Film Review: 6 Days

This historical hostage docudrama aspires to rigorous objectivity but ultimately tips its hand as an endorsement of hardline conservatism.
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Director Toa Fraser and screenwriter Glenn Standring take a seemingly objective approach to their telling of events surrounding the April 1980 seizure of the Iranian embassy in London by members of an obscure Arab separatist group. Briskly directed and bolstered by reliably sturdy central performances, 6 Days aspires to be the kind of rigorous docudrama that scrupulously identifies its key players and locations with title cards while maintaining a critical distance from the events it portrays. But, by the time the film’s far-from-neutrally-phrased postscripts come up, it’s pretty clear that the filmmakers fully endorse then-Prime Minister Margaret Thatcher’s hardline “take no prisoners” handling of the situation.

6 Days opens with one of those handy news-footage montages that succinctly set the sociopolitical stage before introducing viewers to their trio of point-of-view characters. BBC reporter Kate Adie (Abbie Cornish) broadcasts from behind the barricades outside the embassy. Hostage negotiator Max Vernon (Mark Strong) plays the voice of reason, all the while stalling on meeting the hostage takers’ demands. And gung ho Rusty Firmin (Jamie Bell) is a SAS special forces team leader gearing up to storm the embassy on cue. There are also frequent cutaways to Whitehall, where Home Secretary William Whitelaw (Tim Pigott-Smith) keeps a crisis response committee apprised of Thatcher’s latest hardnosed fiat. These typically consist of lines like: “We will not present a soft target for terrorists.”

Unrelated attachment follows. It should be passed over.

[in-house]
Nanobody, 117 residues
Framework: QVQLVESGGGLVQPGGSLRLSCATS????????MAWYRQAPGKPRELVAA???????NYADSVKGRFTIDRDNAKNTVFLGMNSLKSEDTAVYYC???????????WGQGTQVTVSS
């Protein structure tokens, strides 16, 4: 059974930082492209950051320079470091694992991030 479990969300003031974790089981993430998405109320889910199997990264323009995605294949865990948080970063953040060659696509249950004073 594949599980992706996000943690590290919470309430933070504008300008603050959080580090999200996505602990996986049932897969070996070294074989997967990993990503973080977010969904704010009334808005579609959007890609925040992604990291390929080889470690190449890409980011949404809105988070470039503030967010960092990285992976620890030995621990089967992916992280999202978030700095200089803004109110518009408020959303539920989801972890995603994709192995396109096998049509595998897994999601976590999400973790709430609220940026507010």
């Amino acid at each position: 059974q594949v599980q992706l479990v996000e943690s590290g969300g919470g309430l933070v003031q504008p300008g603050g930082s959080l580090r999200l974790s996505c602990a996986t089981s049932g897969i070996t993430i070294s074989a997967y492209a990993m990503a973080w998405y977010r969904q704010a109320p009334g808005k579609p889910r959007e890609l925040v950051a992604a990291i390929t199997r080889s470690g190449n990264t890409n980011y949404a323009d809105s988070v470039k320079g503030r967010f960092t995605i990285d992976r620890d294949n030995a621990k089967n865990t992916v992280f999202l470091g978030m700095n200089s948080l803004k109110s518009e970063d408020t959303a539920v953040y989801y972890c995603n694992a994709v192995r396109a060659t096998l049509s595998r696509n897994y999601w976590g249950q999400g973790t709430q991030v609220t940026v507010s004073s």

The cinematic gold standard when it comes to depicting hostage situations remains Dog Day Afternoon, primarily because Sidney Lumet’s film exhibits as much empathy for the criminals inside the bank as it does for the forces of law and order gathered outside. 6 Days, on the other hand, evinces little interest in its Muslim characters other than in using them to advance the plotline, even managing to recycle along the way the well-worn cliché of dissension among their ranks. Tolerant Salim (Ben Turner) keeps assenting to Max’s requests to free one of the hostages, while the more militant Faisal (Aymen Hamdouchi) wants nothing more than to kill them all. The film makes no further effort to explore these characters’ psychology or motivations, or even to contextualize them within the larger political scene, apart from tossing off the alphabet soup of their group’s acronym in a decidedly offhand manner.

And yet there’s a thread running through 6 Days that allows for a more jaundiced view of the Thatcher regime’s actions. The film’s awareness of an unresolvable tension between accuracy and deception first crops up when Kate Adie defends the BBC’s reputation for what Stephen Colbert would call “truthiness” against a world-weary stringer who quite literally espouses an “if it bleeds, it leads” doctrine. Later, Max finds himself somewhat conflicted when he’s ordered by a higher-up to make whatever false promises he deems necessary so as to distract Salim from the SAS’s assault on the embassy. Salim sees through the ruse, however, and implores Max not to feed him any more lies.

But the most telling instance of this underlying conflict occurs near the finale, when Whitelaw informs the committee that Thatcher doesn’t want any smokescreen put up for the TV cameras. She wants the whole world to witness how England deals with terrorism. The implication, of course, is that if the Prime Minister didn’t want these events made quite so public, the matter would be handled very differently. Transparency is considered acceptable, 6 Days seems to tacitly suggest, only so long as it’s deemed politically expedient. 

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